I begin (ironically) with a quote.
Winning awards and getting into the front window of Readings means Success in Australia and, given the Animals in the title, a must read for me. I’ve been meaning to blog about this book for a while but I couldn’t because Anson Cameron‘s book was trapped in a cardboard box in storage. Stay with me, I mean well. Now freed, shelved and at home in the new house, Pepsi Bears is also an award-winning collection of short stories, which I need to consider while thinking about Only the Animals.
Only the Animals is a beautifully presented book. The cover is sparse grey with a grim domestic picture of radiated cats glowing green and streaming about a human couple made of some kind of modelling clay in a horrid kitchen. The slim line of the pale title font continues into the front pages and arrives at two illuminating quotes, one of which is: “On one side there is luminosity, trust, faith, the beauty of the earth; on the other side, darkness, doubt, unbelief, the cruelty of the earth, the capacity of people to do evil. When I write, the first side is true; when I do not the second is.” Czeslaw Milosz, Road-side Dog. Portentous, no?
So, once in the door, forewarned, we see the collection is ironed, folded and separated out into time and place and souls of different animals.
There’s a lovely picture at the head of each story, based on seeing the animal of the moment in the stars. The first story is for a camel from 1892 and Henry Lawson and the camel tells ‘a good story about death in the wastelands’. The next, a story about a cat, opens with constellation and quotation, like a dramatic chord in preparation, decorating the mantle and introducing us to Collette, who apparently owned the cat of the story. Most of the stories have one or two such defining moments from the pens of others on the headstone and as we delve further into the stories we realise the quotes are a key. We’re hearing echoes of other writers through the sculptured stories. Collette stains the voice of her cat (mimicry? catticry?) and style of whimsy. Back to the first story, and yup, there’s the soul of Henry Lawson knocking on the table. Only the Animals is in fact a séance of dead writers – not only the animals!
The unseen energy drives the empty glass fast across the ages, chimpanzee followed by dog, followed by mussel, swerves relentlessly through bear and dolphin to end in parrot in 2006. “If nothing else, you could at least say she’d been perspicacious.” Certainly clever, witty and erudite, Dovey’s stories are wonderful creations. I read on, filled with admiration for the architecture, the structure of the tales, the clean organisation and the orderly manner these blocks of civilisation arise into an elegant edifice.
I had a similar experience when visiting the Victorian National Gallery to see one of the Top Arts exhibitions. As I wandered, seeing colourful sculptures and dramatic paintings, I turned a corner to face an extraordinary pencil drawing, larger than life, of some young person’s grandfather, done over the course of a year, in such incredible detail that one’s mind convulses with the effort, the concentration and devotion it must have taken to create that piece in the final year of school. And so I gazed at the Souls, glimpsing the homage and the heritage inherent, particularly evident in mussel’s soul of the beat poets (thinking well, I just don’t know enough, maybe there’s more fossils of interest embedded in the strata) and I yet I yearned for more, I longed to be, well, pushed, surprised, angered …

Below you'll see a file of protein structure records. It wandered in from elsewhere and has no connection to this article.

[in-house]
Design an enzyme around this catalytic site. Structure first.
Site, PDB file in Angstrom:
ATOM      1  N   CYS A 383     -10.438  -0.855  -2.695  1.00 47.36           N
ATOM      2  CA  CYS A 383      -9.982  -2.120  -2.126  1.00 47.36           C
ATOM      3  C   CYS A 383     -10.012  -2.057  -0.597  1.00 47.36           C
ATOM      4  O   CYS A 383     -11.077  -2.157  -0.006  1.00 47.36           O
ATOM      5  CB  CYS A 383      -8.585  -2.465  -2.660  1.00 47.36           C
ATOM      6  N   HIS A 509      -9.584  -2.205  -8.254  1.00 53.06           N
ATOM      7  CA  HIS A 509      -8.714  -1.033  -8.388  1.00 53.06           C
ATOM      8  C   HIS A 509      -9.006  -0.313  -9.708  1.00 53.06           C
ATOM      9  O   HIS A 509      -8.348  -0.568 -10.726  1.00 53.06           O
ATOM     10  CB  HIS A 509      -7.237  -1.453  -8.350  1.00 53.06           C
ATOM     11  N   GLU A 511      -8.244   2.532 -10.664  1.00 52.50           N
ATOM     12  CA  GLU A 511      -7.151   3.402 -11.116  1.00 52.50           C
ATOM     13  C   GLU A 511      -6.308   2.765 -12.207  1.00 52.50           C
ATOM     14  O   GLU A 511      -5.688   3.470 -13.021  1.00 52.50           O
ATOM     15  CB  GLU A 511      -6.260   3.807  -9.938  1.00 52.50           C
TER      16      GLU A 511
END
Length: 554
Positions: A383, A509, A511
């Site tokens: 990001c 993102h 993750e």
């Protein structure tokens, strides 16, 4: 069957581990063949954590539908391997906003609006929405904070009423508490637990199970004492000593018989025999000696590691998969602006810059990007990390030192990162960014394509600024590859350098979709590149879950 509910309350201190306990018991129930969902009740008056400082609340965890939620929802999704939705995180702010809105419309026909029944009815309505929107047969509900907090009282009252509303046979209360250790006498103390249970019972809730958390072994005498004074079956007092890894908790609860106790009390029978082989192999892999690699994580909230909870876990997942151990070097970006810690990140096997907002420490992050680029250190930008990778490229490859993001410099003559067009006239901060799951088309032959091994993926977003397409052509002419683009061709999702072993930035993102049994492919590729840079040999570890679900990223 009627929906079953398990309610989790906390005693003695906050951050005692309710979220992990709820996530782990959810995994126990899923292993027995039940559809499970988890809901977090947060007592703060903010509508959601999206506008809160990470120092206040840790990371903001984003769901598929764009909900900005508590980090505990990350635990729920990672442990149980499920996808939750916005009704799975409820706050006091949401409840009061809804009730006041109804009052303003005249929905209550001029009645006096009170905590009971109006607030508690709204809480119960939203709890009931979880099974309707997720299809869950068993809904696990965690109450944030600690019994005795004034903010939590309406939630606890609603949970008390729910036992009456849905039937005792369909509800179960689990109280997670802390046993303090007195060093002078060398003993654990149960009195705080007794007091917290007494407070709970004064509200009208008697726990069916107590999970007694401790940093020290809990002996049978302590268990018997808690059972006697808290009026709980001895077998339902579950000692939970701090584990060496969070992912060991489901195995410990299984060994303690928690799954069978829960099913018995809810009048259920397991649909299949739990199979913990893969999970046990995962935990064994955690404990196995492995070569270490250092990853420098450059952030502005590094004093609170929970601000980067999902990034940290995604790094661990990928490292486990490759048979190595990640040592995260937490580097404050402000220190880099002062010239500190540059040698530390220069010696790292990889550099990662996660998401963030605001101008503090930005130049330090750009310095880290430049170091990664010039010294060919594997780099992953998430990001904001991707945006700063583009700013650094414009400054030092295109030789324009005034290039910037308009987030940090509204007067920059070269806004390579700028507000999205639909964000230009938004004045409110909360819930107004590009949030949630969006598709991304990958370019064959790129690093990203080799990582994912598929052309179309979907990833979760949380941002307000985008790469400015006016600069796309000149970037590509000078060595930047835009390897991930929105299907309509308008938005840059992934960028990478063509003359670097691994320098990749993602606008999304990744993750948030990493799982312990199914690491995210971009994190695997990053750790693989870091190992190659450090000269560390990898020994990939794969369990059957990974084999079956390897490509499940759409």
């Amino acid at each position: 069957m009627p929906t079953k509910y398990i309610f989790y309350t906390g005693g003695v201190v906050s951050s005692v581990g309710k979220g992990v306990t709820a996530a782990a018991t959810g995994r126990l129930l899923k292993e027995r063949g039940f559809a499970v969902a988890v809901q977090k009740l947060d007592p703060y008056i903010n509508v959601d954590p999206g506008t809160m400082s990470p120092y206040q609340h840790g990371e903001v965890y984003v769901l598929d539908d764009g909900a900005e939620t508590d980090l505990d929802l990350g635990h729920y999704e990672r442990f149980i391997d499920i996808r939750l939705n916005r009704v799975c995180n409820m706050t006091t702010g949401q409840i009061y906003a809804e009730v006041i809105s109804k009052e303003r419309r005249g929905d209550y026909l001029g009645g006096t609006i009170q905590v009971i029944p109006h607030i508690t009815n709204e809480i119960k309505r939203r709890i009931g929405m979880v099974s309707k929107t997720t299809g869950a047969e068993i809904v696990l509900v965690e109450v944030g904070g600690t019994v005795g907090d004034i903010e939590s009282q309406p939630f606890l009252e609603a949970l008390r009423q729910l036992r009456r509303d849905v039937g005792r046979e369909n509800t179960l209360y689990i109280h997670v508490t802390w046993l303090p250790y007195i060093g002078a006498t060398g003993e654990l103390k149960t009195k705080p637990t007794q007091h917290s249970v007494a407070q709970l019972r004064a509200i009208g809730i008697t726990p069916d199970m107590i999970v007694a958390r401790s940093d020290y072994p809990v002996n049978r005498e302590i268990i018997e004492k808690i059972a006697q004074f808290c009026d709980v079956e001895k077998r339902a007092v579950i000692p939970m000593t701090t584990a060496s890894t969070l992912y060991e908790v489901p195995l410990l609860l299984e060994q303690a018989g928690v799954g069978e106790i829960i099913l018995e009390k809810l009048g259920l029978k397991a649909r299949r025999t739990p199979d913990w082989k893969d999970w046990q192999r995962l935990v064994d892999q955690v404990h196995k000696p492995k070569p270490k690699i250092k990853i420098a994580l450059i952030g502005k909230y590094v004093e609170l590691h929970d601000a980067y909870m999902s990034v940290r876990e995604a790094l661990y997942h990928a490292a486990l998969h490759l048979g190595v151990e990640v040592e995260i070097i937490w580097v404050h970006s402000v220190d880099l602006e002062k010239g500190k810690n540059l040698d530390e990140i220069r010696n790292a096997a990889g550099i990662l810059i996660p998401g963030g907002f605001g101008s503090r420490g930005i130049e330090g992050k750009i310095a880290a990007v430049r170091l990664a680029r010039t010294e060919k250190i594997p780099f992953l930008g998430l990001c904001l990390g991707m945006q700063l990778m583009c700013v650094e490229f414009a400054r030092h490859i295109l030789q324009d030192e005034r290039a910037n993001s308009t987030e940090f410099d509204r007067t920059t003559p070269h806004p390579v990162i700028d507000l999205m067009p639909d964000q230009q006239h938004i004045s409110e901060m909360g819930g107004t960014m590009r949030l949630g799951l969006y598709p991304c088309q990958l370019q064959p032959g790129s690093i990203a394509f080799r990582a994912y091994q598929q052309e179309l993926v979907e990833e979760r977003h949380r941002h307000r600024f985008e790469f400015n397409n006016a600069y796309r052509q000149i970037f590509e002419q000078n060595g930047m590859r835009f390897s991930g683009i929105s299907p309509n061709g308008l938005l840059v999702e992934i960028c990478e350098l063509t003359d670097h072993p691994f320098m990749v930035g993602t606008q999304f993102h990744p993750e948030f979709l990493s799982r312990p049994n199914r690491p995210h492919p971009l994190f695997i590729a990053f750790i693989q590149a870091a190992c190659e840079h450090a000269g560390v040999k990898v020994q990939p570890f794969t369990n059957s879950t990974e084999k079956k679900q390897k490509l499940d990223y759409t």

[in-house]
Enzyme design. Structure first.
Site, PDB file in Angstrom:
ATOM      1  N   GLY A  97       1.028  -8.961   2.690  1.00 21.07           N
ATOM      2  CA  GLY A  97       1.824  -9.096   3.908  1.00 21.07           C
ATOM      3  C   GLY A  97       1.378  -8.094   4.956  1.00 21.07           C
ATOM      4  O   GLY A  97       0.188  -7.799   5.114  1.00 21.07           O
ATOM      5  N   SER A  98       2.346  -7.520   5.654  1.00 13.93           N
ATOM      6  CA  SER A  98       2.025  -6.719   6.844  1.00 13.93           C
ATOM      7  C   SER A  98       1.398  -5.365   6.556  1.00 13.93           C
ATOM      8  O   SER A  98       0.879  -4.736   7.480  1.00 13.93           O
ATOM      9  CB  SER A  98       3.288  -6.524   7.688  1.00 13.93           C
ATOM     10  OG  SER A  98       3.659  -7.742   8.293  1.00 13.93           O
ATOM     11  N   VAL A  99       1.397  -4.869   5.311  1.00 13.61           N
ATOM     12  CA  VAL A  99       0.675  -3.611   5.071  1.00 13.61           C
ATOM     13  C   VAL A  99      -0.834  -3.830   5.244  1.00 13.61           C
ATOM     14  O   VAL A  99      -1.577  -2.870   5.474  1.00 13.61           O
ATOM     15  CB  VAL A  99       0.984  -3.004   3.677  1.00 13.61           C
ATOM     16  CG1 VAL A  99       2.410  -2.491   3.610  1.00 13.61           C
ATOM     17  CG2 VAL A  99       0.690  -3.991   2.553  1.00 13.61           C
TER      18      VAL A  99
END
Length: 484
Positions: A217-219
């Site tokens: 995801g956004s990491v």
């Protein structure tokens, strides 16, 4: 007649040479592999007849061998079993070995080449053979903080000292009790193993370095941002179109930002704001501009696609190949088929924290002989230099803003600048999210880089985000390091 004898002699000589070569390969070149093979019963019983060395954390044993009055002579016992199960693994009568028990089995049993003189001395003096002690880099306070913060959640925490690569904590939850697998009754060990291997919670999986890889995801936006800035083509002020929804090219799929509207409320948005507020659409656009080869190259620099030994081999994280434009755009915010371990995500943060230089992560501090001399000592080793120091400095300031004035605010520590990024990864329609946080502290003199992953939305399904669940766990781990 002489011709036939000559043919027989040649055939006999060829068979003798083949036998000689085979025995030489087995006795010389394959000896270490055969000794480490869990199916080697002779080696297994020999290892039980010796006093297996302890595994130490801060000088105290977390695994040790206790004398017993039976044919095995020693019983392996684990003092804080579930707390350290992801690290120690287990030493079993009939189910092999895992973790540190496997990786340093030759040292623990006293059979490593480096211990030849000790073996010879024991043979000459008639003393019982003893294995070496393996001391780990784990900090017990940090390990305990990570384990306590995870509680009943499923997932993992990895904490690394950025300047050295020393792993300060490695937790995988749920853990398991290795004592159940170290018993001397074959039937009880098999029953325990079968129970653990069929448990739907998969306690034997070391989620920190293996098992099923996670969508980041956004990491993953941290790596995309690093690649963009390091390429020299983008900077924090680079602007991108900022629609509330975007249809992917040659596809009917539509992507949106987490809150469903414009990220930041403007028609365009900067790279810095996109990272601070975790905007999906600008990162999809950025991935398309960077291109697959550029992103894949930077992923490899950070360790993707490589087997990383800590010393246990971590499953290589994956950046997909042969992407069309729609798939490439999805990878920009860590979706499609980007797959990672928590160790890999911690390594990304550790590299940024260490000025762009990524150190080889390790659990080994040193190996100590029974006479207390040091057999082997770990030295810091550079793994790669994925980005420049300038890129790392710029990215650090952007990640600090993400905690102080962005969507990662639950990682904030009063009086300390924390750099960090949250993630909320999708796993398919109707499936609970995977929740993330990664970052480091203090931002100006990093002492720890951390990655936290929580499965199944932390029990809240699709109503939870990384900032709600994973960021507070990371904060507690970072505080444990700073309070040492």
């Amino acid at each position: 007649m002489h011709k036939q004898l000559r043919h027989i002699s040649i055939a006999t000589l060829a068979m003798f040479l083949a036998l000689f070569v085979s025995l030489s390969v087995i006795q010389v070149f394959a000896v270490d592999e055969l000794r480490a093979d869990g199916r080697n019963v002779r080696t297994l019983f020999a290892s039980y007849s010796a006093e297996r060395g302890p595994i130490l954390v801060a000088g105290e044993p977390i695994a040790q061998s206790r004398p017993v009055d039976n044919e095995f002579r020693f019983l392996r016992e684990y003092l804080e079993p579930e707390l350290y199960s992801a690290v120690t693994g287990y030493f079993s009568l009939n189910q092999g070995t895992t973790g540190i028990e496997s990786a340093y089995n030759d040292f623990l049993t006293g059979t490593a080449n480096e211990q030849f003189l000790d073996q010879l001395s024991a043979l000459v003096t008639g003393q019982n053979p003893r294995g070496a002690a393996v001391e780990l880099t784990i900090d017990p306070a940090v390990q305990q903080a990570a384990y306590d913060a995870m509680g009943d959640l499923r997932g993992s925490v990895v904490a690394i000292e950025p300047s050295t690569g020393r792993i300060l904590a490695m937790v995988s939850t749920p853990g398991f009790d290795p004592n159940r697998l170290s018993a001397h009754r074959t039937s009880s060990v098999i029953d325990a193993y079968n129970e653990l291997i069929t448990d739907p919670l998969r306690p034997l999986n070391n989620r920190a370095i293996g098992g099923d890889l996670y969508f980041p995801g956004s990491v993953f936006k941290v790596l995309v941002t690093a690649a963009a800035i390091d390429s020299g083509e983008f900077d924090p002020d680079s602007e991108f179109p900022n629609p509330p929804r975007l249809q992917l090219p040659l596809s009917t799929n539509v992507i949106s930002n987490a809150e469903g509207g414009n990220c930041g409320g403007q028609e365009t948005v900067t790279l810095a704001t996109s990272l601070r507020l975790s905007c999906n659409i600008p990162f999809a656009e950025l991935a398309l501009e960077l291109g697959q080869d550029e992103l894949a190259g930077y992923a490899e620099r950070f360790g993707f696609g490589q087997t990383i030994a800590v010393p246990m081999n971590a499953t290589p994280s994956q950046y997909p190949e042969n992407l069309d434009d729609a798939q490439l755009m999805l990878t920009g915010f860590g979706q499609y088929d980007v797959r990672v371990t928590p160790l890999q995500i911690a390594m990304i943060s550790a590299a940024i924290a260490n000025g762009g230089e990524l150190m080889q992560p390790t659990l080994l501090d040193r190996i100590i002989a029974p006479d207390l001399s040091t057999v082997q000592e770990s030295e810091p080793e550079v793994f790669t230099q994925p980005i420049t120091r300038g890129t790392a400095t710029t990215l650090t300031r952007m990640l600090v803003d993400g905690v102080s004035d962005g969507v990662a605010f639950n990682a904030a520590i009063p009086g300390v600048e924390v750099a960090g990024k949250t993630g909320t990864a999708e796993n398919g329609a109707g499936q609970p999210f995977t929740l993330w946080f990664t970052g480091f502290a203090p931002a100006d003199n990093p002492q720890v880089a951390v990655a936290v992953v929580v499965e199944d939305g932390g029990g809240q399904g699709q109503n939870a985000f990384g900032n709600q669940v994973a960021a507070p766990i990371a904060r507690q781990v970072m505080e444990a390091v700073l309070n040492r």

None of these cut-glass images etched by stars managed to lodge in my heart (they’re called souls not hearts after all) and I kept recalling a story called ‘A zebra in no-man’s land’, which could well have a place in this cosmology, from Pepsi Bears, the recently-shelved-in-my-new-house, award-winning collection of stories about animals. (Okay, shortlisted in the 2011 APA Book Design Awards – obviously another good-looking book!) But, you know, these stories have heart.
I don’t think Anson Cameron evoked so many writers or floated souls into his designs but he is certainly another witty human being who enjoys an earthiness alien to Ceridwen. There are stories in Pepsi Bears about shit and vengeance and a zebra accounting for a ceasefire in the First World War. Anson’s opening chord is: “In which the nature of mankind is cruelly illuminated by various beasts”.
I’m all for stories about animals – for animals that can read – although personally I find them an acquired taste. If you do not fancy reading either of these tomes, try one for yourself. Perhaps you too might find ‘luminosity, trust, faith, the beauty of the earth’. I encourage you to head to your favourite writing method, seek your muse and imagine what life might be like for another species. But take it easy, lest the construction of the cage stills the beating heart within.